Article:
Three days, maybe a week, possibly even longer – that’s how long Slovak teachers intend to strike for higher wages. Starting yesterday, most parents of school-age children in Slovakia have had to figure out what to do with their kids. Even so, according to the first reactions, the parents sympathize with the protest, because it really is difficult to live on the starting monthly salary of 360 euros ($468) for a kindergarten teacher or 508 euros ($660) for a middle school teacher.
Since a September warning strike, the government, through Education Minister Dusan Caplovic, has been saying that it understands the demands of the trade unions but cannot agree to a 10 percent salary increase. Instead officials have proposed 5 percent and not a cent more.
A bit of confusion characterized the organization of the strike, and it’s not clear how long schools will be closed. Local politicians have been intimidating some school principals, because the local administration can legally fire principals of elementary and middle schools. In some places, teachers joined only symbolically. Last week, discussion in the media focused not on addressing the root of the problem, but rather on whether teachers will get any Christmas bonus or nothing for the days spent on strike. Because of that risk, most non-teaching staff aren’t striking: for a cook or janitor losing any money before Christmas from their already low salaries (around 300 euros) appeared to be too big a blow.
Education is a problem in all four Visegrad countries. A good showing in recent regional elections in the Czech Republic has boosted the influence of that country’s Communist Party, particularly on education. That’s no accident, as big money doesn’t usually flow to education, meaning the other parties don’t consider it important and thus handed over the department. For the future of the Czech Republic, that is bad news – not because of the Communists, but because of the lack of interest from the others.
Hungary has the opposite problem. One of the things that ruling party Fidesz decided to centralize and control after its victory in 2010 was precisely education. Officially, the move was made for economic reasons, but now it seems that the goal of the ongoing educational revamp was to use Fidesz’s increased strength in local governments to ensure the loyalty of school principals, restrict the formation and functioning of independent educational institutions, and increase the role of traditional Christian churches in the upbringing and education of young people.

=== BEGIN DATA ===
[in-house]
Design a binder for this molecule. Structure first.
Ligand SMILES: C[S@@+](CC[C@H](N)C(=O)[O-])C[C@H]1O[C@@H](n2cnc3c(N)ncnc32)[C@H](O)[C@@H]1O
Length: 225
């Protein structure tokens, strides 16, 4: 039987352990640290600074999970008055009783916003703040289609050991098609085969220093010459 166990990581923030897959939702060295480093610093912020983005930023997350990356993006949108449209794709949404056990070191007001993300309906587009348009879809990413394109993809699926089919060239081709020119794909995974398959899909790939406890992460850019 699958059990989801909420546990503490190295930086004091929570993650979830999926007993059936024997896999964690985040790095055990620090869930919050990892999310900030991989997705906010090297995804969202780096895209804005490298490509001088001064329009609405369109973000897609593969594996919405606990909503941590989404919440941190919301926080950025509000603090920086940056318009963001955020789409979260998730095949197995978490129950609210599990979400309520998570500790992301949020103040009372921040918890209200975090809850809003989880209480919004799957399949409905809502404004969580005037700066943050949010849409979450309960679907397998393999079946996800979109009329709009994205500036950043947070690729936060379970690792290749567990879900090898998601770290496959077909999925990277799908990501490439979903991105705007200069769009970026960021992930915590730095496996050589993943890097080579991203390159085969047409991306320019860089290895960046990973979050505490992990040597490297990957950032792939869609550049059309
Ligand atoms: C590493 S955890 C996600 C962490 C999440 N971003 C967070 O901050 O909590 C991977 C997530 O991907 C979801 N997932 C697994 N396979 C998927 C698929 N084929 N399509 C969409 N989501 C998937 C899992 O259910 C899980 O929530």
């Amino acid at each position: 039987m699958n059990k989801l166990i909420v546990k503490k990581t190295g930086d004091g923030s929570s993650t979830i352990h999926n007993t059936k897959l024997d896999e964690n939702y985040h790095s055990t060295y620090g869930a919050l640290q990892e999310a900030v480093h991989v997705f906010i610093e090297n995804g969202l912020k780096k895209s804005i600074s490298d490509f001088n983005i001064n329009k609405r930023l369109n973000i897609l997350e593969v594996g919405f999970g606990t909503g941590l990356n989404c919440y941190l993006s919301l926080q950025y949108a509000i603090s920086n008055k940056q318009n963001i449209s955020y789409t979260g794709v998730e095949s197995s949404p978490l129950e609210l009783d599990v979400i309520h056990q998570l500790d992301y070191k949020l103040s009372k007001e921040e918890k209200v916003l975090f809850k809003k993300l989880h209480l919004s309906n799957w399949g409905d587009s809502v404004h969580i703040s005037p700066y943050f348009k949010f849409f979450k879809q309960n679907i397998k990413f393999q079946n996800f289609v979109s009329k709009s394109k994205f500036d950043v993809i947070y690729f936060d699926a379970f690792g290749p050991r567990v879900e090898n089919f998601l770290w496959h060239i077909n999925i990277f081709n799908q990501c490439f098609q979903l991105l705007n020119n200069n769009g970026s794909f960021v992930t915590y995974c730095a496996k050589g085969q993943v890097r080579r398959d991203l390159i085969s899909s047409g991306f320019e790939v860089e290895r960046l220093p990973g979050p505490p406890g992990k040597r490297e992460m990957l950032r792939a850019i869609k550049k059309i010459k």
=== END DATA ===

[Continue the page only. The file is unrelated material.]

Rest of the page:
In Poland, teachers have been battling over privileges that they receive from the so-called Teachers’ Charter (basically the status of public officials, long holidays, guaranteed jobs, restricted working hours). The law needs to be changed, as Poland’s demographic crisis has started to generate fewer pupils and students. But laying off teachers is very difficult. The move would be another step of the center-right government of Prime Minister Donald Tusk in its overall effort to limit the privileges of some selected groups of employees and lighten the load on future state budgets.
Of course, Polish teachers have understood this approach as an attack on their way of life. A large public discussion has begun on the issue, which has included extreme opinions about overly generous privileges or claims that the “famous charter” doesn’t mean anything.
At least according to OECD statistics, Polish teachers appear to be well-off, even if Czech teachers earn the most (in terms of data from 2010 on purchasing power parity). For example, after 15 years of practice, a Czech elementary school teacher makes $19,949 a year, his Polish counterpart $15,186, a Hungarian $13,228, and a Slovak $12,688. But to reach the highest possible wages, a Polish teacher needs to work in the field only 10 years, Czechs and Slovaks 32 years, and a Hungarian 40 years.
The Slovak protests are thus not surprising. And so far the teachers of the four Visegrad countries haven’t started to cooperate, as have their medical counterparts. In recent years, thanks to coordinated efforts, doctors have successfully struck for higher salaries. We’ll see if that’s in store for Central Europe’s teachers.
Martin Ehl is the foreign editor of the Czech daily Hospodarske noviny, where this column originally appeared. He tweets at @MartinCZV4EU. He recently won the prestigious Writing for Central Europe journalism prize, awarded by the APA – Austria Press Agency in cooperation with Bank Austria.